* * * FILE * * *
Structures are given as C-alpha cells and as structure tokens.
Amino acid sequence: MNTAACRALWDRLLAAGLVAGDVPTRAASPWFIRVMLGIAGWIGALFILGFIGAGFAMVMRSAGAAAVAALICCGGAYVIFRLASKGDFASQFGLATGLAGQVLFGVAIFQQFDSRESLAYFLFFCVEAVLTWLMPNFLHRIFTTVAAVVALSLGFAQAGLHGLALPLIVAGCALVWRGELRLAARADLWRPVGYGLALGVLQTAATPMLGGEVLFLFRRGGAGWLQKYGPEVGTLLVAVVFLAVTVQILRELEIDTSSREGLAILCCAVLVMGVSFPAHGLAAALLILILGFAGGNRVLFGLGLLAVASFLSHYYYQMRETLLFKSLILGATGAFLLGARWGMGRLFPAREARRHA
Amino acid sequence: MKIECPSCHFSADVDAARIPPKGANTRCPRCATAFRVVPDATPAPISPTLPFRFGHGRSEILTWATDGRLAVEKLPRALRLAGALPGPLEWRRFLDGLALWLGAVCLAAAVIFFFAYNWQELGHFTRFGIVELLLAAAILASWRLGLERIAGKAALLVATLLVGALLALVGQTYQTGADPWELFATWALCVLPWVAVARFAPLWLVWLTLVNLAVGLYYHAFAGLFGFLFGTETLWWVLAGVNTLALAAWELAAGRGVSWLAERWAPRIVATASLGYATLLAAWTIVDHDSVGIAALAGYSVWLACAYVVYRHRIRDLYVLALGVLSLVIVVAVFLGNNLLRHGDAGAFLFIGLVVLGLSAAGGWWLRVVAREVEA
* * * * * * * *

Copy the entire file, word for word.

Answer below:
Structures are given as C-alpha cells and as structure tokens.
Amino acid sequence: MNTAACRALWDRLLAAGLVAGDVPTRAASPWFIRVMLGIAGWIGALFILGFIGAGFAMVMRSAGAAAVAALICCGGAYVIFRLASKGDFASQFGLATGLAGQVLFGVAIFQQFDSRESLAYFLFFCVEAVLTWLMPNFLHRIFTTVAAVVALSLGFAQAGLHGLALPLIVAGCALVWRGELRLAARADLWRPVGYGLALGVLQTAATPMLGGEVLFLFRRGGAGWLQKYGPEVGTLLVAVVFLAVTVQILRELEIDTSSREGLAILCCAVLVMGVSFPAHGLAAALLILILGFAGGNRVLFGLGLLAVASFLSHYYYQMRETLLFKSLILGATGAFLLGARWGMGRLFPAREARRHA
Amino acid sequence: MKIECPSCHFSADVDAARIPPKGANTRCPRCATAFRVVPDATPAPISPTLPFRFGHGRSEILTWATDGRLAVEKLPRALRLAGALPGPLEWRRFLDGLALWLGAVCLAAAVIFFFAYNWQELGHFTRFGIVELLLAAAILASWRLGLERIAGKAALLVATLLVGALLALVGQTYQTGADPWELFATWALCVLPWVAVARFAPLWLVWLTLVNLAVGLYYHAFAGLFGFLFGTETLWWVLAGVNTLALAAWELAAGRGVSWLAERWAPRIVATASLGYATLLAAWTIVDHDSVGIAALAGYSVWLACAYVVYRHRIRDLYVLALGVLSLVIVVAVFLGNNLLRHGDAGAFLFIGLVVLGLSAAGGWWLRVVAREVEA